I hate natural causes!

Body Bags (1993) (SPOILERS) I’m not surprised Showtime didn’t pick this up for an anthology series. Perhaps, if John Carpenter had made Coming Home in a Body Bag (the popular Nam movie series referenced in the same year’s True Romance ), we’d have something to talk about. Tho’ probably not, if Carpenter had retained his by this point firmly glued to his side DP Gary Kibbe, ensuring the proceedings are as flat, lifeless and unatmospheric as possible. Carpenter directed two of the segments here, Tobe Hooper the other one. It may sound absurd, given the quality of Hooper’s career, but by this point, even he was calling the shots better than Carpenter.

I'm offering you a half-share in the universe.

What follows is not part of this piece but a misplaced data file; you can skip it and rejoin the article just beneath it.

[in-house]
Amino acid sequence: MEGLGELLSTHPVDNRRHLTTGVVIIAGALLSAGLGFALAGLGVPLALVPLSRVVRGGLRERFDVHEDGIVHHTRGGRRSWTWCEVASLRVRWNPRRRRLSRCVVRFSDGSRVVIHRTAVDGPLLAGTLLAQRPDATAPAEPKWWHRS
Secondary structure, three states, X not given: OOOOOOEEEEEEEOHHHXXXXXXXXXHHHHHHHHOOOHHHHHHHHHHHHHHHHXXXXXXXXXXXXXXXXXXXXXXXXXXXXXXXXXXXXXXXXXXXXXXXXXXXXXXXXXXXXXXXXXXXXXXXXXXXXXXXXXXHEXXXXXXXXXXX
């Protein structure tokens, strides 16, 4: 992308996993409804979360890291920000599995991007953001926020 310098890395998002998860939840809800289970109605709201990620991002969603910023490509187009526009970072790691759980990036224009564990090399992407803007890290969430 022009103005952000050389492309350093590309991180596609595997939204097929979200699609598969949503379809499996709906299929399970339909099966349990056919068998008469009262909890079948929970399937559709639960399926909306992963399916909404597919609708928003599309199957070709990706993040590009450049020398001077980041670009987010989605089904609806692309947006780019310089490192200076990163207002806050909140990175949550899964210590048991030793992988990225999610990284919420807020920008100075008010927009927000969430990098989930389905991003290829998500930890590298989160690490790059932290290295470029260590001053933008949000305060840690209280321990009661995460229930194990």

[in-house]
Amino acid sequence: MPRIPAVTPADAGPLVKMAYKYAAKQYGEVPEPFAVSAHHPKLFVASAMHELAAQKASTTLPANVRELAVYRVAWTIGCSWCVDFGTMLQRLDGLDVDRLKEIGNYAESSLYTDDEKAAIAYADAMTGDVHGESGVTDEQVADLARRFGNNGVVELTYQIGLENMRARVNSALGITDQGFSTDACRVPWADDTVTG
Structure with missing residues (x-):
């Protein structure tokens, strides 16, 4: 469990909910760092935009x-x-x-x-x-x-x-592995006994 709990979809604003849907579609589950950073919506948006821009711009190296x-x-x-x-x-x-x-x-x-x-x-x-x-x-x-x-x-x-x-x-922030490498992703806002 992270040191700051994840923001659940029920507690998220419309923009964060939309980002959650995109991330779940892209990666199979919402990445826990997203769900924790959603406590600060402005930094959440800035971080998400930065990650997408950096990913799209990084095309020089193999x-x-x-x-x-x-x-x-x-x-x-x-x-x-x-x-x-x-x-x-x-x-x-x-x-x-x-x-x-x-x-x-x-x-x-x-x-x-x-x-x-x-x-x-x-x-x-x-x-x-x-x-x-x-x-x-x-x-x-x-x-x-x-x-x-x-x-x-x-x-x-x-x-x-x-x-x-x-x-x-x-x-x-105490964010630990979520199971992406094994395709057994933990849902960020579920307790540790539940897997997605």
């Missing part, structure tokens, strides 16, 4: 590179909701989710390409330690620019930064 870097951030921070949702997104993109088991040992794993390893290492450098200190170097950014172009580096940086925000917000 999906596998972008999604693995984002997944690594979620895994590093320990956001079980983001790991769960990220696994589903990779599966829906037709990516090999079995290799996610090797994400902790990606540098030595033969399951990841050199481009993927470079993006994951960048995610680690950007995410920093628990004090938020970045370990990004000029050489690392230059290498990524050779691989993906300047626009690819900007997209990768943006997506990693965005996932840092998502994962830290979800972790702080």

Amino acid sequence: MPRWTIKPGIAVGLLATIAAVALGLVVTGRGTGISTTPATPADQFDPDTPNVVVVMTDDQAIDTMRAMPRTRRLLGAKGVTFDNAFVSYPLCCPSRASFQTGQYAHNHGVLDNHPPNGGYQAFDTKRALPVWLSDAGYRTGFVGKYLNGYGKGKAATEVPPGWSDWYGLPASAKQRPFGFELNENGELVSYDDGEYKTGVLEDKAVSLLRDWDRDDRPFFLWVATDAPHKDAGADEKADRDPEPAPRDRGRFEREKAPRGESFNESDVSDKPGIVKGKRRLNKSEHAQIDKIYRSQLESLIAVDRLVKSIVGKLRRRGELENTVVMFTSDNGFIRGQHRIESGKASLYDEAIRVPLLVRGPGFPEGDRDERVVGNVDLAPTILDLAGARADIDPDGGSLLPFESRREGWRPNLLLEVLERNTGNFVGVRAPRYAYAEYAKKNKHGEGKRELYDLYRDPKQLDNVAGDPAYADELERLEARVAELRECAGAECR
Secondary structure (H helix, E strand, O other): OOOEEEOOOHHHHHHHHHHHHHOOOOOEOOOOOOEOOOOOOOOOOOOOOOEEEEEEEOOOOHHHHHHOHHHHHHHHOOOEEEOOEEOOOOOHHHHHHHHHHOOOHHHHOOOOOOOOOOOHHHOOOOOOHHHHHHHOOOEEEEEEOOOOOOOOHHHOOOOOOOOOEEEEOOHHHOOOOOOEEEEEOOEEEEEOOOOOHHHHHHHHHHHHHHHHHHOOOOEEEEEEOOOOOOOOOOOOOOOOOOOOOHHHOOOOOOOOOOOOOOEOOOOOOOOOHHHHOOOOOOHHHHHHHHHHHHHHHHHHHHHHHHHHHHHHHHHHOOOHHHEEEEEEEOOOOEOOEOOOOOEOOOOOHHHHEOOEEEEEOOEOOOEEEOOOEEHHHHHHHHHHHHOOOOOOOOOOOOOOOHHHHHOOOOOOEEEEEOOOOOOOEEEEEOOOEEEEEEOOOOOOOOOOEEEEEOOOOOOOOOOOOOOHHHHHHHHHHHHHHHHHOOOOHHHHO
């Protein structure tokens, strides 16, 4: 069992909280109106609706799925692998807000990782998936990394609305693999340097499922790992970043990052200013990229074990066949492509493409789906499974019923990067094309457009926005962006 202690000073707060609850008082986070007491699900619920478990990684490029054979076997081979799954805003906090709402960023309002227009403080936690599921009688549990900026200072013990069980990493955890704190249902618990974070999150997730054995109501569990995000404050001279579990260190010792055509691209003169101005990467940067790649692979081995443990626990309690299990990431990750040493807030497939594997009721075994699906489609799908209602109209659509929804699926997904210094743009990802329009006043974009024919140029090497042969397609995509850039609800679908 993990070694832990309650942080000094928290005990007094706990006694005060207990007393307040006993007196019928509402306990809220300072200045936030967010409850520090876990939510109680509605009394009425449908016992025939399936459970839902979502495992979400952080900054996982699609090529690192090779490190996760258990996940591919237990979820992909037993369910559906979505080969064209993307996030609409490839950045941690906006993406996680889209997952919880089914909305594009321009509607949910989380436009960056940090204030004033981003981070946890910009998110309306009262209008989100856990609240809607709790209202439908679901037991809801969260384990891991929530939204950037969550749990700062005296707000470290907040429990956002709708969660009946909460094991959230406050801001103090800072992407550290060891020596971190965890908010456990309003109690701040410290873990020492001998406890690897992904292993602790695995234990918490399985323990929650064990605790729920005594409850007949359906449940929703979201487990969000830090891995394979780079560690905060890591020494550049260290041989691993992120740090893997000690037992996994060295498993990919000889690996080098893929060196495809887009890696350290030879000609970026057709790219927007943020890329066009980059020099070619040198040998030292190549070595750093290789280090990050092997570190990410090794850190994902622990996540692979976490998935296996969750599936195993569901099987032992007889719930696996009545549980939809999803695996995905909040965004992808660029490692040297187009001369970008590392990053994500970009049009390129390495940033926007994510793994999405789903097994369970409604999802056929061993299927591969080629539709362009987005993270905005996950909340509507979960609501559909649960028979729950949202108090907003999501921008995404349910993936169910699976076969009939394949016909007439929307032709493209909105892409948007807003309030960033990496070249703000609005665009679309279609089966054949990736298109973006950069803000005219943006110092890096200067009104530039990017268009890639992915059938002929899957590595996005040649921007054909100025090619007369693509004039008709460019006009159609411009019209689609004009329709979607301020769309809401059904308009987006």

Doctor Who Season 8 – Worst to Best I’m not sure I’d watched Season Eight chronologically before. While I have no hesitation in placing it as the second-best Pertwee season, based on its stories, I’m not sure it pays the same dividends watched as a unit. Simply, there’s too much Master, even as Roger Delgado never gets boring to watch and the stories themselves offer sufficient variety. His presence, turning up like clockwork, is inevitably repetitive. There were no particular revelatory reassessments resulting from this visit, then, except that, taken together – and as The Directing Route extra on the Blu-ray set highlights – it’s often much more visually inventive than what would follow. And that Michael Ferguson should probably have been on permanent attachment throughout this era.